When do I need to see a doctor?
While a cold cannot be treated and will get better with time, secondary infections need to be evaluated and appropriately treated. So if you suspect a middle ear infection, sinus infection, or pneumonia call your pediatrician. A secondary infection can sometimes cause a sudden spike in fever, an increase in fussiness, labored breathing, and loss of activity. If that happens call the pediatrician.

What cold remedies work and can’t hurt?

  • Sleep with the head propped higher than the body helps drain mucus.
  • Nasal saline solution can help break up the mucus. Bulb suctions are good.
  • Nose irritation can be treated with small dabs of petroleum jelly.
  • Cool mist humidifiers can help the tickly feeling in the back of the throat and will keep the mucus form becoming too thick.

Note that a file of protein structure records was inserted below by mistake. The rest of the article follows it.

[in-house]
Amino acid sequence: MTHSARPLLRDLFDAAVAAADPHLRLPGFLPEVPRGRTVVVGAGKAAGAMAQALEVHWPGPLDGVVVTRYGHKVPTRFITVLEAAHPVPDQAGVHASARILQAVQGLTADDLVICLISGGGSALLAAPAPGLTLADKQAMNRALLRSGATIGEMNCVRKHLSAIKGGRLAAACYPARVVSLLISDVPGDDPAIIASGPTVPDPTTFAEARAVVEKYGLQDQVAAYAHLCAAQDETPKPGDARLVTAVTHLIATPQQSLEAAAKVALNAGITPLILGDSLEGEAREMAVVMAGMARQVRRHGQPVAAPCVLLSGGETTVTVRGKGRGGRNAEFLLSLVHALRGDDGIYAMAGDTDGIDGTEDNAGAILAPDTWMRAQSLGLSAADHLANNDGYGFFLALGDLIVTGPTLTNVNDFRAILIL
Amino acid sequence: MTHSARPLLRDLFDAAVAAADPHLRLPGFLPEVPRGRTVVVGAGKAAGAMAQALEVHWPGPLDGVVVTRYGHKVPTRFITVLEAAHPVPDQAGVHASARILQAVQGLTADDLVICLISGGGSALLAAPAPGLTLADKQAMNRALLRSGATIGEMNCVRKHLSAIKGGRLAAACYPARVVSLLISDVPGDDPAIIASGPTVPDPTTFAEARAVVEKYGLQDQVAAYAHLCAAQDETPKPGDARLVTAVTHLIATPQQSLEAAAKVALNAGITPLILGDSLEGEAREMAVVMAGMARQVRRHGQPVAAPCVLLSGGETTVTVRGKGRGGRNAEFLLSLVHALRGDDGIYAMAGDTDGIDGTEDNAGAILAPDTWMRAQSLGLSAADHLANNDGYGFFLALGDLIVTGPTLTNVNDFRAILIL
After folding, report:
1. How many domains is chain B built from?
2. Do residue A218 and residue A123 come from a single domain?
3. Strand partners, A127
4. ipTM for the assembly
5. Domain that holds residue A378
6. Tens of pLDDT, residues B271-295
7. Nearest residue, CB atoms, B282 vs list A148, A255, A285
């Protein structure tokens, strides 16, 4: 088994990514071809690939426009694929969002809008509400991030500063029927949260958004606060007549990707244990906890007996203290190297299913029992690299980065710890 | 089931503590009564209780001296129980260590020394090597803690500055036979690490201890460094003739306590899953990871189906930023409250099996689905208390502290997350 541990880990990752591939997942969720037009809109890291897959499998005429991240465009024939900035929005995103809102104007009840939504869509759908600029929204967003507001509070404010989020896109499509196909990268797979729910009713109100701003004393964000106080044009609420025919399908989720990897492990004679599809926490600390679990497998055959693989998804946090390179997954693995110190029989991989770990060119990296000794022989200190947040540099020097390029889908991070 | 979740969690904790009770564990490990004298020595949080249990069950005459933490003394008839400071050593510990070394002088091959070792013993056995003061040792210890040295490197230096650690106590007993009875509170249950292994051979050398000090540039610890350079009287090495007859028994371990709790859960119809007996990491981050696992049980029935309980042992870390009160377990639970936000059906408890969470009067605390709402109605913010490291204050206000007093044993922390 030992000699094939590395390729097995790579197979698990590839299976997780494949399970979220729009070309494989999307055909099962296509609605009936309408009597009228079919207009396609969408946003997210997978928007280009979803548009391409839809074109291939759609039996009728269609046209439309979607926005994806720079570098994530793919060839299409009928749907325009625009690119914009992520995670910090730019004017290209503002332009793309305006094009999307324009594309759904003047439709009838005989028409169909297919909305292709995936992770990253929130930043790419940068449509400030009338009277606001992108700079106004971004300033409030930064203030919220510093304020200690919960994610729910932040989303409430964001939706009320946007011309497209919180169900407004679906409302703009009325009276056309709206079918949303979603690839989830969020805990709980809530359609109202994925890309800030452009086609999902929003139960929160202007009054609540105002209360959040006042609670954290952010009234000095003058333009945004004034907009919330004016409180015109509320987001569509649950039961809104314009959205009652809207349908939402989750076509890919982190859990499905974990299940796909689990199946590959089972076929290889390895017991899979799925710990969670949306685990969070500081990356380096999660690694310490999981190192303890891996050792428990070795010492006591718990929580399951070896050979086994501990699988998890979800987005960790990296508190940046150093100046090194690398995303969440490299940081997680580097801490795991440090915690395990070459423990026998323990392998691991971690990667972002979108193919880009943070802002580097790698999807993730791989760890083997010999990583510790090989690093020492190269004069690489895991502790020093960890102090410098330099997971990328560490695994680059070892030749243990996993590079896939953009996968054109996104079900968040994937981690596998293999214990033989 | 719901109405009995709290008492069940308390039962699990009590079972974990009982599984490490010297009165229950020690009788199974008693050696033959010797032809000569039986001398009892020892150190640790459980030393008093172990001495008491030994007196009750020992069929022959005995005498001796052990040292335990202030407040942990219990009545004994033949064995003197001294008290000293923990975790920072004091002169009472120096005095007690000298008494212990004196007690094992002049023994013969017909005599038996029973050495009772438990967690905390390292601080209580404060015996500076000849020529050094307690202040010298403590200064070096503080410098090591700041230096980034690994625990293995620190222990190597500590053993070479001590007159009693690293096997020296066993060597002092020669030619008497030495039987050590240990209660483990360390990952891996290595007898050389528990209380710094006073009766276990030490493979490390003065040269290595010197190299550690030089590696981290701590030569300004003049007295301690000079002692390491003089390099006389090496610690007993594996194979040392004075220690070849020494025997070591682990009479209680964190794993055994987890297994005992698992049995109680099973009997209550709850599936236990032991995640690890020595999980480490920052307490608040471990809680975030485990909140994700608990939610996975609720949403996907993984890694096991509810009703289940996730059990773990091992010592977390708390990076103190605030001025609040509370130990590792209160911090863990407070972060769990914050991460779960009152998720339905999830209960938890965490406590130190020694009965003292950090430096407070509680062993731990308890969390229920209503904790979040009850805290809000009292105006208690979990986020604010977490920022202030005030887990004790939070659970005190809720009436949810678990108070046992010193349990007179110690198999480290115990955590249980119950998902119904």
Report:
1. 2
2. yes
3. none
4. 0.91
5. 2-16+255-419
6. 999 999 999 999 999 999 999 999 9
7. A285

• In children over 1 year of age, 1-2 teaspoons of honey can be given frequently to soothe the throat and mask the tickly feeling in the back of the throat. Honey can also help with the cough.

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Pediatrics of About Pediatrics of Florence

We believe that children are more than just “little adults.” They have unique personalities, challenges, and life circumstances and we have made every effort to make our offices and care as “kid friendly” as possible. We have an aquatic theme in the waiting rooms (separated for sick and well children) as well as themed examination rooms. All of our physicians are Board Certified Pediatricians and members of the American Academy of Pediatrics and our nurse practitioners are all licensed Pediatric Nurse Practitioners and are available to see both well and sick children.